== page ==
Greens co-leader James Shaw used his speech to party faithful at the party's annual conference to take aim at National and its leader Simon Bridges.
On numerous occasions, he referred to Bridges and his colleagues as the "new climate deniers" and accused the National leader of being desperate and dangerous.
He accused Bridges of using Trump-like tactics to spread "misinformation".
His speech came just hours after he told Newshub Nation that the Greens had ruled out any sort of coalition with National after the next election.
"I would never empower someone with as little personal integrity as Simon Bridges to become Prime Minister," he said.
But Bridges said Shaw's comments show that the "pressure is clearly getting to him".
Shaw also used the speech to unveil New Zealand's first cross-Government climate change action plan.
He said it would lead to fundamental changes to how Kiwis get around our cities, heat their homes, farm, and dispose of waste.
But the focus of Shaw's speech in Dunedin today seemed to be to criticise National – the "new climate deniers".
He said he criticised Bridges for saying that declaring a climate emergency was "nothing more than political posturing and virtue signalling".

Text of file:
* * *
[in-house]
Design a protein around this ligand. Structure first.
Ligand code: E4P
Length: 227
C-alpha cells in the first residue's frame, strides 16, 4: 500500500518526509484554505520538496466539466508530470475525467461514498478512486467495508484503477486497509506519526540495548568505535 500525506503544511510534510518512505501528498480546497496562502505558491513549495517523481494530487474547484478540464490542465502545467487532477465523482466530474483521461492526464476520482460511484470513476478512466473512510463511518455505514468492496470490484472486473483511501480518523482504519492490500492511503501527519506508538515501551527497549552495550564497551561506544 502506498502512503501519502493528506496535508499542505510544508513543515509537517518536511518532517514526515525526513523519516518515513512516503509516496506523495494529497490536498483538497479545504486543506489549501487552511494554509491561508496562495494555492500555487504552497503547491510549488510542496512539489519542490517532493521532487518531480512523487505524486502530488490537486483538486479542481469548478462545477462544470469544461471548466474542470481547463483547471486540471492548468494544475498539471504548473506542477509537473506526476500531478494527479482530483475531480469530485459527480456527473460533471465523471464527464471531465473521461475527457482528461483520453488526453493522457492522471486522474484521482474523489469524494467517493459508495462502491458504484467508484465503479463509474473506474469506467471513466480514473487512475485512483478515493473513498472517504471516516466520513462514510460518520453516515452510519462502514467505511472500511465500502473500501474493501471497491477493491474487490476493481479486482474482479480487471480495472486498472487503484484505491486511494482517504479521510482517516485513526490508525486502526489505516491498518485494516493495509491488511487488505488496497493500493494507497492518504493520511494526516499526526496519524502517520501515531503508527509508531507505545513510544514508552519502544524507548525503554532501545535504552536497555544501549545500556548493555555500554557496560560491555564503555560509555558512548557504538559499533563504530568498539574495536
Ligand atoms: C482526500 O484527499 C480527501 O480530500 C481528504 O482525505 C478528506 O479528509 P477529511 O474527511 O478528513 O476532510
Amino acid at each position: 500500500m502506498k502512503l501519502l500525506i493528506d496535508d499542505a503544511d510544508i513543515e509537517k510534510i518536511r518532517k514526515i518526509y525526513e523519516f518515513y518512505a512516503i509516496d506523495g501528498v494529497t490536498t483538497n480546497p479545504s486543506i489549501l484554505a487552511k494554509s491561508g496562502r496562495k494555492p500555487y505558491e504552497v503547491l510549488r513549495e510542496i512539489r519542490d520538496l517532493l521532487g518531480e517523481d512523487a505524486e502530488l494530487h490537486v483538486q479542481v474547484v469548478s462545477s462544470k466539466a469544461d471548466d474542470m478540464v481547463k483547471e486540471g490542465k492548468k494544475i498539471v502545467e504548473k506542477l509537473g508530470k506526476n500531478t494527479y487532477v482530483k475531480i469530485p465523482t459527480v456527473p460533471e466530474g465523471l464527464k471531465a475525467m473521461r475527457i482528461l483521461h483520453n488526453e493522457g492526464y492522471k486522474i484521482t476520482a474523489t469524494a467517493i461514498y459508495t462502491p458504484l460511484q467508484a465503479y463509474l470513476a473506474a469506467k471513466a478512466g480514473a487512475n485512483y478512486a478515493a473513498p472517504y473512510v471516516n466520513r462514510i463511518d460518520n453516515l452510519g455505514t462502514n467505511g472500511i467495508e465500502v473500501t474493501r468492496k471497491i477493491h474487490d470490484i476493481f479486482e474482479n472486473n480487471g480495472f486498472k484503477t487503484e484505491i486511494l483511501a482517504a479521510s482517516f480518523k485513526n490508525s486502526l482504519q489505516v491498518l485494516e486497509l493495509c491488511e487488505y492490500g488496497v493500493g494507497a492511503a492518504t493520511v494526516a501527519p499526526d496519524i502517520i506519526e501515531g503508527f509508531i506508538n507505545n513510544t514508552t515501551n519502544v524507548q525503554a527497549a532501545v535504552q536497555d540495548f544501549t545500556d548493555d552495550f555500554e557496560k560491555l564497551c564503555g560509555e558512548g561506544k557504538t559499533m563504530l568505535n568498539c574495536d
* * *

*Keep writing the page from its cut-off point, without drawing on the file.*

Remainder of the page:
He said National was driven by calculated, short-term self-interest because the party thinks it's good for its polling.
"I believe that the gravest danger we face right now is the narrative that's being spun by Simon Bridges."
That narrative, according to Shaw, is that climate change "is not a big deal" and that half a per cent more of economic growth is a more important concern than the impacts of climate change.
"That is the new climate denial: the denial that we need to change how we do things, to avoid a climate crisis – it is desperate and it is dangerous."
He said to say that there is not a climate crisis, as he suggested Bridges had done, was "at best uninformed and at worst misleading".
Shaw went as far as saying Bridges was spreading fear and misinformation when it came to the climate change debate, by highlighting how much money it might cost people to adapt to fight climate change.
"He figures it worked for Trump. It worked for Brexit. It worked in Australia. He figures it'll work here too."
Bridges said Shaw's comments show that all the new taxes being lumped on to Kiwis, alongside the failure to deliver some key election promises, was starting to concern New Zealanders.
"They are working out we can't afford this Government."
Shaw also today released the Government's response to the Productivity Commission's report, released a year ago, into how New Zealand could reduce greenhouse gasses.
The report contained 77 recommendations – Shaw said the Government is moving to implement or develop all but one of them.
Most of these recommendations are already being worked on as Government policy, or areas the Government has committed to addressing the future – such as getting more electric vehicles on Kiwi roads.